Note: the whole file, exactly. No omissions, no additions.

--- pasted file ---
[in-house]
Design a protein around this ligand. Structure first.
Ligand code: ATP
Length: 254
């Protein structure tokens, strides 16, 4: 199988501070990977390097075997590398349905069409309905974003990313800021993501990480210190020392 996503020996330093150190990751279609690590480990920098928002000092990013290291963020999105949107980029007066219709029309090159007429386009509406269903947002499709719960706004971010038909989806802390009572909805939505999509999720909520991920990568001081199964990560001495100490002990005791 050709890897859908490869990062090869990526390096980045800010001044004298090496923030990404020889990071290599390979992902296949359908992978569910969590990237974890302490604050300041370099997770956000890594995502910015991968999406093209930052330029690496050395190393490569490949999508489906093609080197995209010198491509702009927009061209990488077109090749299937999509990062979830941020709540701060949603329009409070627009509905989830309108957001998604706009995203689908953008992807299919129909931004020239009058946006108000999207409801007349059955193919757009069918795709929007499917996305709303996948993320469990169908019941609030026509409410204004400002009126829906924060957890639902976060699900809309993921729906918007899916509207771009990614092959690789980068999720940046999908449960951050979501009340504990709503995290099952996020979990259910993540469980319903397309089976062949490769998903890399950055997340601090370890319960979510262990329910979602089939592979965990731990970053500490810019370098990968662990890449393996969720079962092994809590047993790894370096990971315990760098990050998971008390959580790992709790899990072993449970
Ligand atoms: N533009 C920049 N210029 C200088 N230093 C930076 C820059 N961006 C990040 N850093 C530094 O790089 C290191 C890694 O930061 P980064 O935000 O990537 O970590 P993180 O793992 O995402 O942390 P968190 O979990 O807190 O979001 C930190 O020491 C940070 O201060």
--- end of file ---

[in-house]
Design a protein around this ligand. Structure first.
Ligand code: ATP
Length: 254
């Protein structure tokens, strides 16, 4: 199988501070990977390097075997590398349905069409309905974003990313800021993501990480210190020392 996503020996330093150190990751279609690590480990920098928002000092990013290291963020999105949107980029007066219709029309090159007429386009509406269903947002499709719960706004971010038909989806802390009572909805939505999509999720909520991920990568001081199964990560001495100490002990005791 050709890897859908490869990062090869990526390096980045800010001044004298090496923030990404020889990071290599390979992902296949359908992978569910969590990237974890302490604050300041370099997770956000890594995502910015991968999406093209930052330029690496050395190393490569490949999508489906093609080197995209010198491509702009927009061209990488077109090749299937999509990062979830941020709540701060949603329009409070627009509905989830309108957001998604706009995203689908953008992807299919129909931004020239009058946006108000999207409801007349059955193919757009069918795709929007499917996305709303996948993320469990169908019941609030026509409410204004400002009126829906924060957890639902976060699900809309993921729906918007899916509207771009990614092959690789980068999720940046999908449960951050979501009340504990709503995290099952996020979990259910993540469980319903397309089976062949490769998903890399950055997340601090370890319960979510262990329910979602089939592979965990731990970053500490810019370098990968662990890449393996969720079962092994809590047993790894370096990971315990760098990050998971008390959580790992709790899990072993449970
Ligand atoms: N533009 C920049 N210029 C200088 N230093 C930076 C820059 N961006 C990040 N850093 C530094 O790089 C290191 C890694 O930061 P980064 O935000 O990537 O970590 P993180 O793992 O995402 O942390 P968190 O979990 O807190 O979001 C930190 O020491 C940070 O201060």